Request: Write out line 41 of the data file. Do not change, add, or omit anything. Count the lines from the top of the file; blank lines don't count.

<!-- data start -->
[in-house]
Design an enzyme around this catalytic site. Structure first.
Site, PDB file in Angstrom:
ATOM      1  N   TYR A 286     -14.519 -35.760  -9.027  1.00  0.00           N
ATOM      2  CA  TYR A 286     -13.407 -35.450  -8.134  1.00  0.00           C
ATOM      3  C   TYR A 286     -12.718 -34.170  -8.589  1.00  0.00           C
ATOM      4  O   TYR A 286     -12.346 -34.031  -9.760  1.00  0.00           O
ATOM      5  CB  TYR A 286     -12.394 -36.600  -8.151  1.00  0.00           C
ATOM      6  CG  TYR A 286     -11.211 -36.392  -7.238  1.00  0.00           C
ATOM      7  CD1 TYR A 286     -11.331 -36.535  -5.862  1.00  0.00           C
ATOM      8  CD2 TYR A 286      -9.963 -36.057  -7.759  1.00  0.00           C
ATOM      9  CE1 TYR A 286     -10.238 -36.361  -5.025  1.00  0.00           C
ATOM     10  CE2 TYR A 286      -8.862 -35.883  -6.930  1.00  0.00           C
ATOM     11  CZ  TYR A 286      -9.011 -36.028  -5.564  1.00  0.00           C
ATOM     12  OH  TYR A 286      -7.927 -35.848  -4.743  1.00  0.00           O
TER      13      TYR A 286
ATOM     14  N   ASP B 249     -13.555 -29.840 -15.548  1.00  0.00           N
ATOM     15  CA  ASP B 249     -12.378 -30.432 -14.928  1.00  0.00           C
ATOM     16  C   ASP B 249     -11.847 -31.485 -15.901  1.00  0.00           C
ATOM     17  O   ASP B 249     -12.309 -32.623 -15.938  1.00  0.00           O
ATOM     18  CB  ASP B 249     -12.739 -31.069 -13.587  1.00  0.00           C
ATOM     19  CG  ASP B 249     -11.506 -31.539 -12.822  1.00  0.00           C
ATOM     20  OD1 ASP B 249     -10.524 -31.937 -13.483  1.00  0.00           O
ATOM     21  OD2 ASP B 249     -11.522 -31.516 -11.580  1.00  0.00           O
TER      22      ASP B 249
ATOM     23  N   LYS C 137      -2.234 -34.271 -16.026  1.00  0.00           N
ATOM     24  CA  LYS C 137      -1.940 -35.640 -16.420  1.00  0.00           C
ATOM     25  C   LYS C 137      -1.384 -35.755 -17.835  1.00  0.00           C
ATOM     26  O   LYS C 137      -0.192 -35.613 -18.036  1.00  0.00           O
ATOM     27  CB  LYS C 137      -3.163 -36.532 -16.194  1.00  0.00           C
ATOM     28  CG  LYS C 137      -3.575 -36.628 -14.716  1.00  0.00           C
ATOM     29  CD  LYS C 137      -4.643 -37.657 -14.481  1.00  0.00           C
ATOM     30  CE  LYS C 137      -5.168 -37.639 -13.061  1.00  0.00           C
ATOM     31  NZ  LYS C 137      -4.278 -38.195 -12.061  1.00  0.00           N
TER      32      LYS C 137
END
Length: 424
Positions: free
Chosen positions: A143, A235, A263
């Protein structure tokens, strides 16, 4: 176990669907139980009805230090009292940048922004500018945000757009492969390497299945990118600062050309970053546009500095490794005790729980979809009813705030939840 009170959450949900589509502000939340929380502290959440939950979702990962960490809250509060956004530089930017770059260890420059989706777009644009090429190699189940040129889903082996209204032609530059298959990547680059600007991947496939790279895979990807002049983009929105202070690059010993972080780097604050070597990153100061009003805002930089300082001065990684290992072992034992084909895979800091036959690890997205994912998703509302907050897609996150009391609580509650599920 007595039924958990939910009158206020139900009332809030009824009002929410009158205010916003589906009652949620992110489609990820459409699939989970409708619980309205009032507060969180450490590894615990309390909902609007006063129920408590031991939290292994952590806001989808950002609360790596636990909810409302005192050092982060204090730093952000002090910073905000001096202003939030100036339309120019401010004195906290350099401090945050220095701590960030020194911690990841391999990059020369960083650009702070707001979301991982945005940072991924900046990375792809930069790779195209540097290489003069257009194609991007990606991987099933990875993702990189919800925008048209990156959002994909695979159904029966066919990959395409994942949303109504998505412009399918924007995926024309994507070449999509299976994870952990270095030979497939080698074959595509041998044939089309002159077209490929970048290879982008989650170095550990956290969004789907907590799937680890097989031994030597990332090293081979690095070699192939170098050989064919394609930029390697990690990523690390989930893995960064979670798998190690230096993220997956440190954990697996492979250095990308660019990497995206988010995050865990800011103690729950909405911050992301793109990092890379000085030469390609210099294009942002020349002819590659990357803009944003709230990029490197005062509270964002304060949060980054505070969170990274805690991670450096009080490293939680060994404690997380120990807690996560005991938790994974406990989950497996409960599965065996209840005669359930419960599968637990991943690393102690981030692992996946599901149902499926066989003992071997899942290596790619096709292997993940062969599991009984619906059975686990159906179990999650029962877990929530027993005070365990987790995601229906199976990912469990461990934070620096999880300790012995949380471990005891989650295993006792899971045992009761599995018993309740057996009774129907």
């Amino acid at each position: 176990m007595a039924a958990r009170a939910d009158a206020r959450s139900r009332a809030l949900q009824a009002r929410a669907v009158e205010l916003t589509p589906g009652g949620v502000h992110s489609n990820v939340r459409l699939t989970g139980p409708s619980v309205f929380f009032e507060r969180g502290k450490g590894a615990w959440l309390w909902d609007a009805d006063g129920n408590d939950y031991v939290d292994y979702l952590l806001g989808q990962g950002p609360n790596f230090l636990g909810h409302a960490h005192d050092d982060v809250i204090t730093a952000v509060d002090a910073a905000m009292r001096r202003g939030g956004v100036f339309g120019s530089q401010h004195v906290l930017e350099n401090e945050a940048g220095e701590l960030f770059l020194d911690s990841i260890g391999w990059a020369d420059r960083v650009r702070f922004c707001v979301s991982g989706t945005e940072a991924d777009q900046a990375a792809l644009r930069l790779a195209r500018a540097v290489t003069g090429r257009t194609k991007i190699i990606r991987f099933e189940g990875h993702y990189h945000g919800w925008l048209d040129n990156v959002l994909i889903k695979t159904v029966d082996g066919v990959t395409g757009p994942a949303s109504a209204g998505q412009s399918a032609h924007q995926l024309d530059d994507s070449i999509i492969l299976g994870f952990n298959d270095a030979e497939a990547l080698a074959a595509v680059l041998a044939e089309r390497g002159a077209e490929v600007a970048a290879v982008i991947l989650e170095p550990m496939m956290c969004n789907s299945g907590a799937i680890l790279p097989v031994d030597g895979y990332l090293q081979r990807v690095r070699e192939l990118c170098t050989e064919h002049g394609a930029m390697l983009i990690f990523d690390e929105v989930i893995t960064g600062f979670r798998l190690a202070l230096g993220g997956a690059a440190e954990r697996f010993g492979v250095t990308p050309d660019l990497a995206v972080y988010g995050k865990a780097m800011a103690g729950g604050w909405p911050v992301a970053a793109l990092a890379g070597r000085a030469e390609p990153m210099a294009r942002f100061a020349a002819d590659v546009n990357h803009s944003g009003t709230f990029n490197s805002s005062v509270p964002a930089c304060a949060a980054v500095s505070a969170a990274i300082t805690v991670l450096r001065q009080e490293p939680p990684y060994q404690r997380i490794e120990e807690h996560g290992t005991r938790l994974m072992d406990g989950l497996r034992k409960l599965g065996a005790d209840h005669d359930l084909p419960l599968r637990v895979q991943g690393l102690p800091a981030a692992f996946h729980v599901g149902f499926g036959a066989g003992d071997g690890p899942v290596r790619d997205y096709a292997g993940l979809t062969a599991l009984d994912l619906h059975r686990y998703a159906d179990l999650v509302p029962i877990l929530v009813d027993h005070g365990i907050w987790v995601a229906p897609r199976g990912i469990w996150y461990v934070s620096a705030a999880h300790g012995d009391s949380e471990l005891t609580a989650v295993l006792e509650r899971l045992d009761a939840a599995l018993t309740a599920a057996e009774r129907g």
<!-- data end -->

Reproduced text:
């Amino acid at each position: 176990m007595a039924a958990r009170a939910d009158a206020r959450s139900r009332a809030l949900q009824a009002r929410a669907v009158e205010l916003t589509p589906g009652g949620v502000h992110s489609n990820v939340r459409l699939t989970g139980p409708s619980v309205f929380f009032e507060r969180g502290k450490g590894a615990w959440l309390w909902d609007a009805d006063g129920n408590d939950y031991v939290d292994y979702l952590l806001g989808q990962g950002p609360n790596f230090l636990g909810h409302a960490h005192d050092d982060v809250i204090t730093a952000v509060d002090a910073a905000m009292r001096r202003g939030g956004v100036f339309g120019s530089q401010h004195v906290l930017e350099n401090e945050a940048g220095e701590l960030f770059l020194d911690s990841i260890g391999w990059a020369d420059r960083v650009r702070f922004c707001v979301s991982g989706t945005e940072a991924d777009q900046a990375a792809l644009r930069l790779a195209r500018a540097v290489t003069g090429r257009t194609k991007i190699i990606r991987f099933e189940g990875h993702y990189h945000g919800w925008l048209d040129n990156v959002l994909i889903k695979t159904v029966d082996g066919v990959t395409g757009p994942a949303s109504a209204g998505q412009s399918a032609h924007q995926l024309d530059d994507s070449i999509i492969l299976g994870f952990n298959d270095a030979e497939a990547l080698a074959a595509v680059l041998a044939e089309r390497g002159a077209e490929v600007a970048a290879v982008i991947l989650e170095p550990m496939m956290c969004n789907s299945g907590a799937i680890l790279p097989v031994d030597g895979y990332l090293q081979r990807v690095r070699e192939l990118c170098t050989e064919h002049g394609a930029m390697l983009i990690f990523d690390e929105v989930i893995t960064g600062f979670r798998l190690a202070l230096g993220g997956a690059a440190e954990r697996f010993g492979v250095t990308p050309d660019l990497a995206v972080y988010g995050k865990a780097m800011a103690g729950g604050w909405p911050v992301a970053a793109l990092a890379g070597r000085a030469e390609p990153m210099a294009r942002f100061a020349a002819d590659v546009n990357h803009s944003g009003t709230f990029n490197s805002s005062v509270p964002a930089c304060a949060a980054v500095s505070a969170a990274i300082t805690v991670l450096r001065q009080e490293p939680p990684y060994q404690r997380i490794e120990e807690h996560g290992t005991r938790l994974m072992d406990g989950l497996r034992k409960l599965g065996a005790d209840h005669d359930l084909p419960l599968r637990v895979q991943g690393l102690p800091a981030a692992f996946h729980v599901g149902f499926g036959a066989g003992d071997g690890p899942v290596r790619d997205y096709a292997g993940l979809t062969a599991l009984d994912l619906h059975r686990y998703a159906d179990l999650v509302p029962i877990l929530v009813d027993h005070g365990i907050w987790v995601a229906p897609r199976g990912i469990w996150y461990v934070s620096a705030a999880h300790g012995d009391s949380e471990l005891t609580a989650v295993l006792e509650r899971l045992d009761a939840a599995l018993t309740a599920a057996e009774r129907g």